'Ripped-off' freelancers prompt agency model re-think
The entertainment industry’s 125,000 freelancers could have fewer sleepless nights using a co-operative type of agency which charges them commission on actual earnings rather than a hefty fee up-front.
Bectu, representing media, theatre, TV and film freelancers, said it has examined such an agency make-up because it believes the existing one lets in ‘rogue agents’ who exploit its members.
Promises of regular work, a photograph or profile on the agent’s website, even fame and fortune, are all made to the freelancer, the group says, in return for an advance fee of up to £250.
“The truth is most people will never recoup this initial outlay through work found via the agency,” Spencer MacDonald, Bectu’s national officer has said.
“The problem is compounded for walk-on [workers] as they will be encouraged to register with a number of agents in the hope of finding more work.”
In some instances, the services promised in return for the upfront fee never emerge, with stories of agencies insisting that signing up to its sister agency is the only way to activate the services.
In one case, a large agency reclaimed its registration fee and costs from the first few jobs it found its clients, meaning that candidates were effectively working the first jobs for no pay.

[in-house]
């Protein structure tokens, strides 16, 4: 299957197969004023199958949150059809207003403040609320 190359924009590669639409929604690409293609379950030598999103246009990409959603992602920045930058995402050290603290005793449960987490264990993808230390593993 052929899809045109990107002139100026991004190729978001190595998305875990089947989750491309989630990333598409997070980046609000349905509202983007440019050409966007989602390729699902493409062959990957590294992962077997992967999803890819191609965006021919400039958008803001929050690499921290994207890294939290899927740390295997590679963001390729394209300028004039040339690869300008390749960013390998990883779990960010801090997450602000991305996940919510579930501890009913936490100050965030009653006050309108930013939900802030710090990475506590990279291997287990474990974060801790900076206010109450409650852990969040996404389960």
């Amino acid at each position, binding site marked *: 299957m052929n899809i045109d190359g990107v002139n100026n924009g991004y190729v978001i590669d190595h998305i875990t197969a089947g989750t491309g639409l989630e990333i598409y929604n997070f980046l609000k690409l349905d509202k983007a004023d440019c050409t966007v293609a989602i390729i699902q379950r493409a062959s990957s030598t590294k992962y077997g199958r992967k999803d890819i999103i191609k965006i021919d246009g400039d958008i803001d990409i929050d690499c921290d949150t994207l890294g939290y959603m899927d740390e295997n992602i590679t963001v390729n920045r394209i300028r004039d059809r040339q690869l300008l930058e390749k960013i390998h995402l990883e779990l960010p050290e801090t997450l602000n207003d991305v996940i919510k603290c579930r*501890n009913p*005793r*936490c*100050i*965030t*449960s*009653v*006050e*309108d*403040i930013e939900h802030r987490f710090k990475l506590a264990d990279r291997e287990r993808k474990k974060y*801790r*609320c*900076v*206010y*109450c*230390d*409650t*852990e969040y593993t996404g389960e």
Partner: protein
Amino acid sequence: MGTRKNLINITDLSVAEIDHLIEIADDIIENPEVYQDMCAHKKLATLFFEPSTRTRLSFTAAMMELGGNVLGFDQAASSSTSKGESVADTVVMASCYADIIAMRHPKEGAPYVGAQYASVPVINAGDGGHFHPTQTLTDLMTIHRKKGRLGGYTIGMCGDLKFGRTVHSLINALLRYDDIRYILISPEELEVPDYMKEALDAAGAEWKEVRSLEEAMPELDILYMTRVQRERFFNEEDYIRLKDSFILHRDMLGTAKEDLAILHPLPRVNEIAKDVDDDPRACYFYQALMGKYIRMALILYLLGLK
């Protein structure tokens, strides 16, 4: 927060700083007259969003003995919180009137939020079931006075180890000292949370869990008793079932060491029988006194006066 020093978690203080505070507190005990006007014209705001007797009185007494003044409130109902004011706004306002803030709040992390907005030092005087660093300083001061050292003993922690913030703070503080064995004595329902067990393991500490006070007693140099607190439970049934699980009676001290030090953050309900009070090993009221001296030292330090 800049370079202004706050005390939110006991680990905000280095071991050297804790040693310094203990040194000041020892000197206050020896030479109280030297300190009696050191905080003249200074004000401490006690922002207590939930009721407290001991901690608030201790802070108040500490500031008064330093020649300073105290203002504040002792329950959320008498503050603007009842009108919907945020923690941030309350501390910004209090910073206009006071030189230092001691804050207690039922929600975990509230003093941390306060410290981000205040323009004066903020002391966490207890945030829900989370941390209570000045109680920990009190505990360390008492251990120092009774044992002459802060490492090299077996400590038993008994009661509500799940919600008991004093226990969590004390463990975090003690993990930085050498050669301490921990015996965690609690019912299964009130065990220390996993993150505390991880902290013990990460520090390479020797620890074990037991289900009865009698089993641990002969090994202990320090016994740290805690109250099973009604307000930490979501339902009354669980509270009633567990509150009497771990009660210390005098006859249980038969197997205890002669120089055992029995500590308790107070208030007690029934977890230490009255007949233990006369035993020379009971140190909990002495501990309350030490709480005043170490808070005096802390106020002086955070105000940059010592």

Having yet to convince the government to introduce an agency licensing regime in response,
Bectu has turned to Co-operatives UK, the trade body for collaborative
enterprise, to see if a new agency model could be less exploitative. Its
findings are available online.
“Most freelances are completely reliant on a small number of the contacts; because of this, and the transient nature of the industry, we examined whether a co-operative agency would be a better option”, Mr MacDonald explained.
“The assumption is it would, but this research shows that certain categories of member would benefit more than others.”
For a new style of agency to take off, freelancers and other job
candidates would have to be aware of it, and would also need to be directly behind
Bectu explained: "Wthout involvement from the workers the initiative will not succeed.”
It added that it also found logistical issues about whether the audio visual sector could accommodate another agency model, and the associated payment structure, saying further research was needed.
However according to its existing study, freelance working in the entertainment industry is set for growth, despite the slight decline it has suffered since 2006.
“Many of the new opportunities will arise for geographically mobile, well-educated, multi-skilled and adaptable people,” Bectu's report says, referring to predictions by the International Labour Organisation.
“[The ILO] consider that more and more jobs are likely to be unstable, temporary assignments without fringe benefits or social security coverage”.
The report adds that freelancing is most prevalent the closer to the physical production the role is: camera/photography (72%), lighting (61%), make up and hairdressing (50%), audio/music/sound (46%).
This could be seen as a positive
reflection of the freelance workforce but, for the report authors, “this
creates several issues with regard to the wellbeing and treatment of workers,
including training and development, access to work and potential exploitation.”
23rd December 2010